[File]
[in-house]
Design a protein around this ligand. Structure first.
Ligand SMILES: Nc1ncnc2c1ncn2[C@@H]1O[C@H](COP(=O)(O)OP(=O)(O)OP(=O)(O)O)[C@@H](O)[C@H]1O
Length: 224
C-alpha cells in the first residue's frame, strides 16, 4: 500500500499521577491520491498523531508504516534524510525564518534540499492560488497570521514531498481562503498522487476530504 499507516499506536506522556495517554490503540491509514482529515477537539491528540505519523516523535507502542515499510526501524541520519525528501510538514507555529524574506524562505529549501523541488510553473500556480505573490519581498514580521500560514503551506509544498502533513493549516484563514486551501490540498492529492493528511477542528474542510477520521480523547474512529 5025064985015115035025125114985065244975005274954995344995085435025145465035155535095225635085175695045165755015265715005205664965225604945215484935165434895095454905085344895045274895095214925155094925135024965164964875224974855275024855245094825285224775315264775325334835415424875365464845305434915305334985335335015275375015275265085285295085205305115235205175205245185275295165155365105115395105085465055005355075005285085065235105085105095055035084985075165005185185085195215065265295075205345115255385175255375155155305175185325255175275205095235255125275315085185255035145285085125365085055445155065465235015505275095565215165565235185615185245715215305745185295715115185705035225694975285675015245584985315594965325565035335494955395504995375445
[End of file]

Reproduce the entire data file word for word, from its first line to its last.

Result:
[in-house]
Design a protein around this ligand. Structure first.
Ligand SMILES: Nc1ncnc2c1ncn2[C@@H]1O[C@H](COP(=O)(O)OP(=O)(O)OP(=O)(O)O)[C@@H](O)[C@H]1O
Length: 224
C-alpha cells in the first residue's frame, strides 16, 4: 500500500499521577491520491498523531508504516534524510525564518534540499492560488497570521514531498481562503498522487476530504 499507516499506536506522556495517554490503540491509514482529515477537539491528540505519523516523535507502542515499510526501524541520519525528501510538514507555529524574506524562505529549501523541488510553473500556480505573490519581498514580521500560514503551506509544498502533513493549516484563514486551501490540498492529492493528511477542528474542510477520521480523547474512529 5025064985015115035025125114985065244975005274954995344995085435025145465035155535095225635085175695045165755015265715005205664965225604945215484935165434895095454905085344895045274895095214925155094925135024965164964875224974855275024855245094825285224775315264775325334835415424875365464845305434915305334985335335015275375015275265085285295085205305115235205175205245185275295165155365105115395105085465055005355075005285085065235105085105095055035084985075165005185185085195215065265295075205345115255385175255375155155305175185325255175275205095235255125275315085185255035145285085125365085055445155065465235015505275095565215165565235185615185245715215305745185295715115185705035225694975285675015245584985315594965325565035335494955395504995375445